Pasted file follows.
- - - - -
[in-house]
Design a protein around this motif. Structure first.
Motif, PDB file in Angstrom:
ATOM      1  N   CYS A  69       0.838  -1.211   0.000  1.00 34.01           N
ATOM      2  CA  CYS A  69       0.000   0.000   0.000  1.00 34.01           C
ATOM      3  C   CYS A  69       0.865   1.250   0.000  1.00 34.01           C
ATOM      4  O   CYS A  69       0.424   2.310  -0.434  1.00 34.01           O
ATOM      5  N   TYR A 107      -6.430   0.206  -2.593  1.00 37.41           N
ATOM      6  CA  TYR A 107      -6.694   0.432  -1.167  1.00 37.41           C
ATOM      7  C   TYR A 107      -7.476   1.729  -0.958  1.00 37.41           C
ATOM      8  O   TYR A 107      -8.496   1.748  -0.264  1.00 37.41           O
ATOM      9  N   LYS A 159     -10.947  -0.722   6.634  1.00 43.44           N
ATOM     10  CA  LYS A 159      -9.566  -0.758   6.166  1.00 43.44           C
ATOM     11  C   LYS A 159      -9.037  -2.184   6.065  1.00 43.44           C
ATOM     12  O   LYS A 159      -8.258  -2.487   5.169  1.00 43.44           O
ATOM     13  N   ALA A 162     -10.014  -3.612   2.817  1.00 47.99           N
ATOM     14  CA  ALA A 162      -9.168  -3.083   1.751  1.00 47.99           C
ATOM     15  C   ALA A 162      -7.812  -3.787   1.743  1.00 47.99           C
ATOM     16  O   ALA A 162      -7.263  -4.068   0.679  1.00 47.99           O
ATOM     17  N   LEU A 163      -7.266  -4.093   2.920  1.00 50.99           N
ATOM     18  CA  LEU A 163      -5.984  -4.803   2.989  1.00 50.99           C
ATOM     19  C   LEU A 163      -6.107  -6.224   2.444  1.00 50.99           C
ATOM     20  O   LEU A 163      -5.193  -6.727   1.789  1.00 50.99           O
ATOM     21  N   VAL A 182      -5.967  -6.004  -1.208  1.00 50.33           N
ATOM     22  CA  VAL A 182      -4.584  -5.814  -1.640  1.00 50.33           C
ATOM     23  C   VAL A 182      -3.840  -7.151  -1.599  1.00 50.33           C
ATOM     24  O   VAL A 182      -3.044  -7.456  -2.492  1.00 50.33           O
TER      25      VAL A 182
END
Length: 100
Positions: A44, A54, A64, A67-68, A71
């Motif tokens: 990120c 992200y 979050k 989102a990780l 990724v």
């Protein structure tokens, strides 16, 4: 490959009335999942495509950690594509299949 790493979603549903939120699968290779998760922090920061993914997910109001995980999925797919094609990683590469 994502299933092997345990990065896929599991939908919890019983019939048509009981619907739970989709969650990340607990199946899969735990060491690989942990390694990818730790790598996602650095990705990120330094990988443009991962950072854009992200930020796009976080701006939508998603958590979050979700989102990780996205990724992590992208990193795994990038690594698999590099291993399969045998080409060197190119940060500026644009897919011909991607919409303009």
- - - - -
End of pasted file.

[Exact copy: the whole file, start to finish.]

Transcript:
[in-house]
Design a protein around this motif. Structure first.
Motif, PDB file in Angstrom:
ATOM      1  N   CYS A  69       0.838  -1.211   0.000  1.00 34.01           N
ATOM      2  CA  CYS A  69       0.000   0.000   0.000  1.00 34.01           C
ATOM      3  C   CYS A  69       0.865   1.250   0.000  1.00 34.01           C
ATOM      4  O   CYS A  69       0.424   2.310  -0.434  1.00 34.01           O
ATOM      5  N   TYR A 107      -6.430   0.206  -2.593  1.00 37.41           N
ATOM      6  CA  TYR A 107      -6.694   0.432  -1.167  1.00 37.41           C
ATOM      7  C   TYR A 107      -7.476   1.729  -0.958  1.00 37.41           C
ATOM      8  O   TYR A 107      -8.496   1.748  -0.264  1.00 37.41           O
ATOM      9  N   LYS A 159     -10.947  -0.722   6.634  1.00 43.44           N
ATOM     10  CA  LYS A 159      -9.566  -0.758   6.166  1.00 43.44           C
ATOM     11  C   LYS A 159      -9.037  -2.184   6.065  1.00 43.44           C
ATOM     12  O   LYS A 159      -8.258  -2.487   5.169  1.00 43.44           O
ATOM     13  N   ALA A 162     -10.014  -3.612   2.817  1.00 47.99           N
ATOM     14  CA  ALA A 162      -9.168  -3.083   1.751  1.00 47.99           C
ATOM     15  C   ALA A 162      -7.812  -3.787   1.743  1.00 47.99           C
ATOM     16  O   ALA A 162      -7.263  -4.068   0.679  1.00 47.99           O
ATOM     17  N   LEU A 163      -7.266  -4.093   2.920  1.00 50.99           N
ATOM     18  CA  LEU A 163      -5.984  -4.803   2.989  1.00 50.99           C
ATOM     19  C   LEU A 163      -6.107  -6.224   2.444  1.00 50.99           C
ATOM     20  O   LEU A 163      -5.193  -6.727   1.789  1.00 50.99           O
ATOM     21  N   VAL A 182      -5.967  -6.004  -1.208  1.00 50.33           N
ATOM     22  CA  VAL A 182      -4.584  -5.814  -1.640  1.00 50.33           C
ATOM     23  C   VAL A 182      -3.840  -7.151  -1.599  1.00 50.33           C
ATOM     24  O   VAL A 182      -3.044  -7.456  -2.492  1.00 50.33           O
TER      25      VAL A 182
END
Length: 100
Positions: A44, A54, A64, A67-68, A71
């Motif tokens: 990120c 992200y 979050k 989102a990780l 990724v």
């Protein structure tokens, strides 16, 4: 490959009335999942495509950690594509299949 790493979603549903939120699968290779998760922090920061993914997910109001995980999925797919094609990683590469 994502299933092997345990990065896929599991939908919890019983019939048509009981619907739970989709969650990340607990199946899969735990060491690989942990390694990818730790790598996602650095990705990120330094990988443009991962950072854009992200930020796009976080701006939508998603958590979050979700989102990780996205990724992590992208990193795994990038690594698999590099291993399969045998080409060197190119940060500026644009897919011909991607919409303009």